A few weeks ago, many Americans on the east coast spent several days scrambling for gas when Colonial Pipeline halted systems for 5,500 miles of pipeline as a precautionary measure after being hit by a ransomware attack. Highly publicized, the Colonial Pipeline ransomware attack is just one of many that have been hitting companies small and large. Healthcare has been a prime target, but other industries are equally at risk, and critical national infrastructure now appears to be a target. In 2020, over 2,000 local governments, health care facilities and schools were victims of ransomware.

How does ransomware work?

At a high-level, in a ransomware attack, a threat actor (usually a criminal group) infiltrates a target’s systems, and encrypts data and holds it hostage until the victim pays the ransom. These types of attacks have been around for a long time, but with the rise of cryptocurrency and the difficulty of tracing ransom payments, attackers have become emboldened. This is an extremely lucrative “business” because target organizations that are unprepared often believe that they have no choice but to pay the ransom. The rise in ransomware attacks has highlighted the security weaknesses and poor cyber hygiene of organizations across the board (in addition to the problems posed by unregulated cryptocurrency). While in the case of the Colonial Pipeline attack there are few details on the initial vector, it is likely that the attack was enabled by a compromised password providing access to the company’s networks, or an employee duped into downloading malware (e.g., phishing). Regardless of the specifics, a vulnerability in the company’s security opened the door to the attack.

With respect to the CIA triad – confidentiality, availability and integrity – ransomware attacks present a high threat level. They have been known to put hospitals on life support, reveal highly confidential data (and not just personal information) held in trust for customers or clients, and generally paralyze businesses while holding their data hostage. The situation has reached critical levels. Last week, after JBS Foods reported a cyber attack, a memo sent out to companies by the National Security Council implored corporate executives and business leaders in the private sector to address security vulnerabilities. In particular, the memo states that “[a]ll organizations must recognize that no company is safe from being targeted by ransomware, regardless of size or location… We urge you to take ransomware crime seriously and ensure your corporate cyber defense match the threat.”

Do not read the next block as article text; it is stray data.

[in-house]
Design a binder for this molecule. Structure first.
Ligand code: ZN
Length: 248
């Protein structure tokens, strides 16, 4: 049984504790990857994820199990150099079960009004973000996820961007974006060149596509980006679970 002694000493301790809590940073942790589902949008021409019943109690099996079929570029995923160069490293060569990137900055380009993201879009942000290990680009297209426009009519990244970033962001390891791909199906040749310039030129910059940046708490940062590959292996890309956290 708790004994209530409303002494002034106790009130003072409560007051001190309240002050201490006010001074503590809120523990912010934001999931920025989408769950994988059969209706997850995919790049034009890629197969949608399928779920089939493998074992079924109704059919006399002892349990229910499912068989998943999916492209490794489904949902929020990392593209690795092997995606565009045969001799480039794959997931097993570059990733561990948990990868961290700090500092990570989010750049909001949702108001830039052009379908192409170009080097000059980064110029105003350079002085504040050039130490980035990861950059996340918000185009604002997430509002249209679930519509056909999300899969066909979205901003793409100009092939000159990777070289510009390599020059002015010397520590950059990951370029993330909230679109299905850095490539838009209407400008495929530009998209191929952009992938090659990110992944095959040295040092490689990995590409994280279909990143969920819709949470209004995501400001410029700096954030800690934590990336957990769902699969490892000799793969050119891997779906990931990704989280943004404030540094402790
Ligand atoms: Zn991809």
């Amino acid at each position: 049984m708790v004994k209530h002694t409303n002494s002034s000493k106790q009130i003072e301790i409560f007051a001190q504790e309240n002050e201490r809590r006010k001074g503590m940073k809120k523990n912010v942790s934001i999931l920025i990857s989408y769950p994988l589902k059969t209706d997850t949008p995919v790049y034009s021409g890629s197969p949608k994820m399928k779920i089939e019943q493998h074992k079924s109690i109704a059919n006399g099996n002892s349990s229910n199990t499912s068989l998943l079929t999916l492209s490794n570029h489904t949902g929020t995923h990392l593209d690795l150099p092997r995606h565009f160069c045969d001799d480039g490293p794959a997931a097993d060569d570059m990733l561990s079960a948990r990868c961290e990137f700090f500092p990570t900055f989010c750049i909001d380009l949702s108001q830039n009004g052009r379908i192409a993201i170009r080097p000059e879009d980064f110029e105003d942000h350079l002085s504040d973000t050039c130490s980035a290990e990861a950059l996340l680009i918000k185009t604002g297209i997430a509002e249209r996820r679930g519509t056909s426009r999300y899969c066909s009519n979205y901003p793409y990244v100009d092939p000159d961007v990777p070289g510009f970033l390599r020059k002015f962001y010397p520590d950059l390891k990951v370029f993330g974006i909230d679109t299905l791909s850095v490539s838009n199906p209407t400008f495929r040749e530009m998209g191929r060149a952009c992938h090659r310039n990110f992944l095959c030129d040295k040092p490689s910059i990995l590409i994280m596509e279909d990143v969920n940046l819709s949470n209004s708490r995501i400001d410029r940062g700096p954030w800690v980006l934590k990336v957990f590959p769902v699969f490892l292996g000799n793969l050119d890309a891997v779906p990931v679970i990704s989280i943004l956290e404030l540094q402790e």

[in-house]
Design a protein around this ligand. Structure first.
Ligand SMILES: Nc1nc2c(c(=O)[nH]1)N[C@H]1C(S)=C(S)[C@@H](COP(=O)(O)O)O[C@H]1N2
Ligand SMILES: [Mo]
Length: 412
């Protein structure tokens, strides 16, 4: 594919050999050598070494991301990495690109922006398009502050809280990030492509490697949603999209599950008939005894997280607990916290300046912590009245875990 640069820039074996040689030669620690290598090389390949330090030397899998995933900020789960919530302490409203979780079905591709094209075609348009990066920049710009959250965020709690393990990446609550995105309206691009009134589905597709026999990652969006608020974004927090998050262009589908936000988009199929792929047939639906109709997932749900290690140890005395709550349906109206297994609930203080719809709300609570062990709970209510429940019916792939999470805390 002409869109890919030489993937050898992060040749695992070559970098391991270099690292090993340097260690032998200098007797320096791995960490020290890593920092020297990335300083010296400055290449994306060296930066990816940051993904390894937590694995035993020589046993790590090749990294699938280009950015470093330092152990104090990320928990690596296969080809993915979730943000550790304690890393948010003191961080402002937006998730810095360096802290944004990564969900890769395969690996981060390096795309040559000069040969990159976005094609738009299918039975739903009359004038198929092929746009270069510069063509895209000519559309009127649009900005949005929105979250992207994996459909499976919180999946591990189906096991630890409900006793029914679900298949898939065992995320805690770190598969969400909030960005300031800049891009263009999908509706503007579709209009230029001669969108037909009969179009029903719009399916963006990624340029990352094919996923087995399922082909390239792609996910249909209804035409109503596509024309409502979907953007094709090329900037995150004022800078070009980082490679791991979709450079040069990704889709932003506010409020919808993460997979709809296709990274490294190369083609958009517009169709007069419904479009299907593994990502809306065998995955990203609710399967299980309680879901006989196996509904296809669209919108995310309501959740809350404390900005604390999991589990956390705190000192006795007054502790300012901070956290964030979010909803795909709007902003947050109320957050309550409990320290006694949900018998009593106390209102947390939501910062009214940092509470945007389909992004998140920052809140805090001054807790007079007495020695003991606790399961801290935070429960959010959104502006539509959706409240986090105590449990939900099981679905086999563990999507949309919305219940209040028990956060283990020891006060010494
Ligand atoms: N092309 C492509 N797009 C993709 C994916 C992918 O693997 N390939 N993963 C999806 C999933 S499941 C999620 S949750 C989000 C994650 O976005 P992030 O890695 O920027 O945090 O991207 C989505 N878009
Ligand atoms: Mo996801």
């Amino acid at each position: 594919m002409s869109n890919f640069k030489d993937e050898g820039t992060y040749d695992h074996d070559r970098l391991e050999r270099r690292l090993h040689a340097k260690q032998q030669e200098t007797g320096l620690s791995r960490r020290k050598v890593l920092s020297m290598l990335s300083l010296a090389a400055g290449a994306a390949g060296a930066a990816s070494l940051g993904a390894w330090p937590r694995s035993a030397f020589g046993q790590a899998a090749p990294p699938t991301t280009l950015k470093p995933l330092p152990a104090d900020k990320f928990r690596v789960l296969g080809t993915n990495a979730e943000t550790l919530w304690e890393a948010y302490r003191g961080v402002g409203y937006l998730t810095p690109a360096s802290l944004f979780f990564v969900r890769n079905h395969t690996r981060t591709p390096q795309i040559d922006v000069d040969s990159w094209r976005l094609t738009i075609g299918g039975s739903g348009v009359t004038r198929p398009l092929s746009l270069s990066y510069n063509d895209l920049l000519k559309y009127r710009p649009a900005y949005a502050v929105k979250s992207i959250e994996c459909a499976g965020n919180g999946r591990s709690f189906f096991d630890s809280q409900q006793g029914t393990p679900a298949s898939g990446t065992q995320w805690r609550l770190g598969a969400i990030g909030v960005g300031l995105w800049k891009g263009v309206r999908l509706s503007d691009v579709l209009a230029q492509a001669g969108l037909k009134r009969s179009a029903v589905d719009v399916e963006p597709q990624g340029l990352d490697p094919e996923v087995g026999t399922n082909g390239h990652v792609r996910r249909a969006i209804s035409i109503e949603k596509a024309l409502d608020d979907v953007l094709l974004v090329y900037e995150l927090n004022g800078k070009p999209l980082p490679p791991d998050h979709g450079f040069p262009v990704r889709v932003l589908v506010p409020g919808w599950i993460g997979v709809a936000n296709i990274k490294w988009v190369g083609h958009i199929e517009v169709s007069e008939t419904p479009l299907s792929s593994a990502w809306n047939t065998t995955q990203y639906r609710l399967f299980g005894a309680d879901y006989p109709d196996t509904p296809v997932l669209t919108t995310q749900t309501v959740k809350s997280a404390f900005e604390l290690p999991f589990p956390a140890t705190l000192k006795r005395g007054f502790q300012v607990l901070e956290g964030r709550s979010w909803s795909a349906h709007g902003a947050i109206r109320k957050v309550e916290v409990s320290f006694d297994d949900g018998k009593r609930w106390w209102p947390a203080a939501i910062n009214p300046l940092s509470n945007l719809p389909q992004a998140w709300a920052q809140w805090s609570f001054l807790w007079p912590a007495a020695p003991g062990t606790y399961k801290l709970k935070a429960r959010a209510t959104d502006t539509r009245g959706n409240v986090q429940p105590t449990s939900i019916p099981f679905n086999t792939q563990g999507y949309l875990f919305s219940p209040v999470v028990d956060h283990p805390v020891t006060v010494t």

So what should organizations do?

NIST recently released a fact sheet on Tips and Tactics for Dealing With Ransomware. For more in-depth guidance, the Cybersecurity and Infrastructure Security Agency (CISA) and the Multi-State Information Sharing and Analysis Center (MS-ISAC) jointly released the Ransomware Guide in September 2020. It includes industry best practices and a response checklist that can serve as a ransomware-specific addendum to organization cyber incident response plans. Below are some high-level steps that organizations should be taking to protect their systems and data:

  • Backing up data. Perform frequent backups of systems and data, and verify your backups regularly. This includes customer data if your organization is a service provider.
  • Storing backups separately. Store backups separately such that they cannot be accessed from a compromised network.
  • Training personnel. Organizations must provide routine cybersecurity awareness training to their personnel. This will help ensure that your personnel understand current cybersecurity threats. Training is critical and yet an aspect of cybersecurity that is often neglected.
  • Using preventative security solutions. This includes MFA, antivirus software, firewalls and the like.
  • Whitelist applications. Identify approved software applications or executable files in order to protect computers and networks from potentially harmful applications. Make sure that your personnel understand what they can and cannot use. With remote work, this is even more important.
  • Updating and patching. Ensure that systems have been updated with the latest patches. Vulnerable applications and operating systems are the target of many ransomware attacks.
  • Encrypting data. Encrypted data cannot be read (so long as the encryption key is not compromised), so while encryption alone will not prevent a ransomware attack – your organization’s data may still be locked up by attackers – it will reduce the likelihood of confidential information being spilled all over the dark web.
  • Segmenting your networks. This makes it more difficult for attackers to navigate through (and infect) multiple systems
  • Having an incident response plan. Having a strong incident response plan will allow your organization to more quickly and efficiently address incidents.
  • Reviewing insurance policies. Many organizations have a false sense of security when it comes to cyber insurance, though in fact they may not be covered. It is important to know in advance whether and to what extent your organization has coverage.

A strong security program will incorporate all of the above measures: this is what is often referred to as a layered approach. One security solution alone cannot provide protection against ransomware attacks, so it is important to take a layered approach, because a chain is no stronger than its weakest link. With ransomware attacks on the rise, organizations that are not implementing best security practices must make this a priority – or risk, in some cases, losing everything.